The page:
How cycling solved my food ‘issues’

The more I’ve got into cycling, the more I’ve got into food. There’s a pretty obvious link between the two and I’m not just talking about stopping for cake on the club ride each Sunday. Naturally, exercise fires up my appetite no end, but my interest in food is about more than just hunger now that I spend so much time training on the bike and in the gym.

Back in the dim and distant past when I was a professional snowboarder and model concurrently, the necessity of fuelling my athletic endeavours were hampered by the need to stay thin enough to satisfy clients and agents. It was an awkward mix if I’m honest, neither job particularly helping with the other and one of my abiding memories from that time is being pretty obsessed with food, mainly because I was permanently starving.

Trying to snowboard about six hours a day on a couple of bits of toast and no lunch left me feeling permanently exhausted, grumpy and even dizzy. Along with the fact I was permanently on a diet, I was also really skint so the food that I did eat wasn’t really ticking many nutritional boxes. I remember we used to buy the cheapest economy frozen burgers, defrost them and then make spaghetti bolognaise. Ew.


Above: Baby me in Vogue Italia. Photo by Steven Meisel

I now feel sad that when I was living in America and Canada I never eased up on myself and allowed myself some of the foods that I craved. I spent so much time denying myself that I ended up with a pretty unhealthy relationship with food where the goal was minimising calories whilst saving money. I’d eat stuff such as ‘lite’ yoghurts, diet cokes, economy spaghetti with economy sauce, economy bread, economy noodles… you get the picture.

One of my housemates would only eat cereal. Another guy lived on porridge for an entire winter. And at fashion shoots, girls would eat just two tablespoons of lunch or even nothing at all. Looking back, I’m kind of amazed I didn’t develop a full blown eating disorder!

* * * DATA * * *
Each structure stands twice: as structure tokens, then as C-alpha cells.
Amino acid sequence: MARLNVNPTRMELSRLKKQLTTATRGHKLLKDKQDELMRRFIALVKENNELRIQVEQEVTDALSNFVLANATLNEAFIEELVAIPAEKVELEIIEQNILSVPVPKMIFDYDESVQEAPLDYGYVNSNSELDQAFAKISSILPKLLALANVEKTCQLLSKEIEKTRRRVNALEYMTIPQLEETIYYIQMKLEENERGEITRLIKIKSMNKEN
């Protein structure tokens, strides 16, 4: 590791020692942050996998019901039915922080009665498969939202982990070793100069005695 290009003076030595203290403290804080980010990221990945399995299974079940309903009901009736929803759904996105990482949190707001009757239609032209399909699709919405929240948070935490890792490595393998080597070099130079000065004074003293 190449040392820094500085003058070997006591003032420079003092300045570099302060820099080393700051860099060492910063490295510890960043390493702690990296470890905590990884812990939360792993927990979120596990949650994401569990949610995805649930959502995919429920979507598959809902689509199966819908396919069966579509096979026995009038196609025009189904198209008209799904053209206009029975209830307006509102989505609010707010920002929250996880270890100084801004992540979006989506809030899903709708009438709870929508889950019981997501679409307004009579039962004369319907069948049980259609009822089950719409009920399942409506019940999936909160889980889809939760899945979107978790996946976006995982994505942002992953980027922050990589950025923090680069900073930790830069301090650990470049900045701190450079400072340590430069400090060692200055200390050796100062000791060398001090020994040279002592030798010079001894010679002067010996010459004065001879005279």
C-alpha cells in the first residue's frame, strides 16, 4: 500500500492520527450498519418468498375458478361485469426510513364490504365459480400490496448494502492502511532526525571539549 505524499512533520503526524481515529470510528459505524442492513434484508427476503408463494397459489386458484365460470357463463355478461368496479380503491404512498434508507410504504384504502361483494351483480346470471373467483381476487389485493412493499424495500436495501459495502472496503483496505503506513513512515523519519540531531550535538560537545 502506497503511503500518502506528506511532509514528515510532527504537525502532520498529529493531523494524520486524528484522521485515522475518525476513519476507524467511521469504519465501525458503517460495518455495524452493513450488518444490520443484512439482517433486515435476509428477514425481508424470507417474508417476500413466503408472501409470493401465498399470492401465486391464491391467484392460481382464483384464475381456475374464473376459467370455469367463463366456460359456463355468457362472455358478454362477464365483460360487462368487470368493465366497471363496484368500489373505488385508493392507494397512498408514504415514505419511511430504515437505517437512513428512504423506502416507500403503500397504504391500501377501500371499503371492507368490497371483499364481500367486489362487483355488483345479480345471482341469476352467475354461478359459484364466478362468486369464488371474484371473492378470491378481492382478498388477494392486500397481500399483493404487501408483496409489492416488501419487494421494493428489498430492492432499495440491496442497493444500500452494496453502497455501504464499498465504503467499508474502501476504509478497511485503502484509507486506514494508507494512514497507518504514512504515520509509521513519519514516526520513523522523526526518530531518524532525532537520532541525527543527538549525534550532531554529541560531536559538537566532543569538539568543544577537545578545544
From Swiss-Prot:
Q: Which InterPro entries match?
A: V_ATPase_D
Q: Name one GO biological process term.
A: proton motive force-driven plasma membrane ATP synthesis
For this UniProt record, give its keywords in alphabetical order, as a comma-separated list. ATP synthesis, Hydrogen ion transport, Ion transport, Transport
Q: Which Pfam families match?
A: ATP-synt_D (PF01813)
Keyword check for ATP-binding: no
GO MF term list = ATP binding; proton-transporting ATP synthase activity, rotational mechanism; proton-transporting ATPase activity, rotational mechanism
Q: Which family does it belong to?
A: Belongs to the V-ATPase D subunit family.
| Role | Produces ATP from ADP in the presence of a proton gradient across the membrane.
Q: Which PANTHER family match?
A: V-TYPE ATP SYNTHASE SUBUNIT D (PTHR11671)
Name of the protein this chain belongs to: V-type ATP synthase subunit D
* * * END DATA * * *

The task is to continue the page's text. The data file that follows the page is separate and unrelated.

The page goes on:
All Change Please

Nevertheless, I’d say I never really shrugged off a warped attitude to food until I started cycling. Older, wiser and out of the grip of model agents, this time around when my body demanded sustenance I finally delivered. Honestly, it took a little getting used to – after many years of trying to choose the lowest calorie options, allowing myself to eat the things I wanted seemed strange.

It started with cake. Previously something I wouldn’t touch with a bargepole, when I started cycling a lot a slice of Victoria Sponge mid or post ride seemed like the perfect thing to eat. Out cycling for the day, I’d be surrounded by people who were happy, active and eating cake like it just didn’t matter. Because actually, it really doesn’t.



Luckily, I didn’t just start eating cake all day every day. Once a relaxed attitude to food infiltrated the rest of my life I began to see food as a friend, rather than an enemy and this has led me to where I am now. I still don’t make a lot of money but having educated myself on food, nutrition and vitally, cooking, I now realise that it’s possible to eat really well quite easily. I’ve channelled an obsession with food into cooking and eating really delicious meals; meals that make me feel good rather than foods that are ‘good’ or ‘bad.’

Eating in this way has resulted in me naturally choosing a good balance of foods, depending on my daily mood or nutritional needs. Over the last couple of years I’ve increased the amount of training that I do significantly, adding in ‘double days’ where I ride in the morning and hit the gym in the evening. If I were to restrict myself, either in calories or nutritionally by choosing foods empty of nutrients (such as those instant noodles!) I’d feel it straight away. As I don’t eat meat anymore, it’s a happy accident that many of the things I now base my meals around, such as lentils and beans, are cheap and really rich nutritionally.